I had seen that old, paint faded Chevy El Camino driving around the streets of Noel on many occasions but never gave the car or its driver a second thought. The small Southwest Missouri Ozark town of Noel was home to many such vehicles, in fact, I often considered the possibility that I was the only one living there who didn’t own an older, and one in need of fresh paint, pickup truck.
“You know, he’s the guy that drives that old El Camino” my friend rather matter-of-factly stated. “Lewis Helt, dag-nabbit, is a handyman and a gal-darn good painter. He’ll paint your doors. Give him a call.” You see I was looking for someone to paint a pair of French doors. My wife, Robin and I moved from Tampa, Florida to the Noel area in 2006. There, on a hill which overlooked the Elk River Golf Course, Joe Cook and his crew used meticulously prepared blueprints to build a house which Robin and I believed would be the last house we would ever call home.
Everything had gone relatively as planned; well as those of you who have built a house surely know no building project goes exactly as planned. For some reason, and a reason not known by me even to this day, the exterior paint on two of the six French doors began to peel. Now, as a child, I spent several summers at my grandparent’s house on the town’s North Kings Highway street but I found that as an adult and homeowner, living in Noel was much different than my time spent there as a twelve-year-old working at the miniature golf course on Noel’s Main Street.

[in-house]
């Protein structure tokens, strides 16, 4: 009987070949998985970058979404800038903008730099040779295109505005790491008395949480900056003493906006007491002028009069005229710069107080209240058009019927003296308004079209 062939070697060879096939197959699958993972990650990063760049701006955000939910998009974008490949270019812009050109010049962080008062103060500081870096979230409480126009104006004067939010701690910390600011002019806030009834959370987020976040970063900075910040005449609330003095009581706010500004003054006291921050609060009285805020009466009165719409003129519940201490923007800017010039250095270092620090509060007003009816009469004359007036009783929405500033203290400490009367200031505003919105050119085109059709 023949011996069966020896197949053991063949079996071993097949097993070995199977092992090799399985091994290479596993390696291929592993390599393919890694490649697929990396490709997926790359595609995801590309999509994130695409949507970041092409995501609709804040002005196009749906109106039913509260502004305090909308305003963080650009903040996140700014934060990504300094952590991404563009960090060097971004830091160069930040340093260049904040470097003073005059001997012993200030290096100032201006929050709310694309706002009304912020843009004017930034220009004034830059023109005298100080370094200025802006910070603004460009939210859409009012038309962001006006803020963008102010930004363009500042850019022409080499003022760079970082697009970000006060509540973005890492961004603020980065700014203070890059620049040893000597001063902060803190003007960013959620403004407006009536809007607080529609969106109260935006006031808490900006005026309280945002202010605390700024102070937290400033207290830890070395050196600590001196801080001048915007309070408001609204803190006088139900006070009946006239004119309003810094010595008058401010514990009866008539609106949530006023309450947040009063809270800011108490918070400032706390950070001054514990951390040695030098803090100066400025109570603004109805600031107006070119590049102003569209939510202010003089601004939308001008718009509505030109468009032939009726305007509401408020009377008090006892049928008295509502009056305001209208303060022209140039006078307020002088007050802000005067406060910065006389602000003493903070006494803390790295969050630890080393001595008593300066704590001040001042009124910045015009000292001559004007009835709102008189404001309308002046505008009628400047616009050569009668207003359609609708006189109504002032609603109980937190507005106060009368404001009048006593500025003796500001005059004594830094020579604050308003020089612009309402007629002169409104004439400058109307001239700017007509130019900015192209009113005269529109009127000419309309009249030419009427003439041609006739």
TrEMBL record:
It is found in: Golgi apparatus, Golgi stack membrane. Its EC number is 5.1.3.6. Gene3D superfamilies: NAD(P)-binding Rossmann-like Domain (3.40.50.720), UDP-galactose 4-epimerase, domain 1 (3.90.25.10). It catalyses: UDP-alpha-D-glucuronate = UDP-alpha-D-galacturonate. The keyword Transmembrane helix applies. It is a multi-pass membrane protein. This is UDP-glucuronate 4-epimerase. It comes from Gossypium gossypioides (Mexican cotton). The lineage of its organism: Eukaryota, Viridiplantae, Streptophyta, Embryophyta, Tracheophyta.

My friend guaranteed me that Lewis Helt was the man for the job. I was assured that Louis was a competent man in many facets of home repairs but he was an especially proficient painter. “Well, he does have a few quirks that you city people may not be used to but he’s honest and doesn’t charge an arm and a leg.” That endorsement was good enough for me and I decided to give the man who came highly recommended a call.
Lewis seemed to be a hard man to get in touch with but after several unanswered phone calls, a woman finally answered the ringing telephone. I asked to speak with Lewis but was told he wasn’t at home, however, I was given the option of leaving a call-back name and telephone number which I did. “He’s out working somewhere but when I see him I’ll tell him to call you,” the woman stated.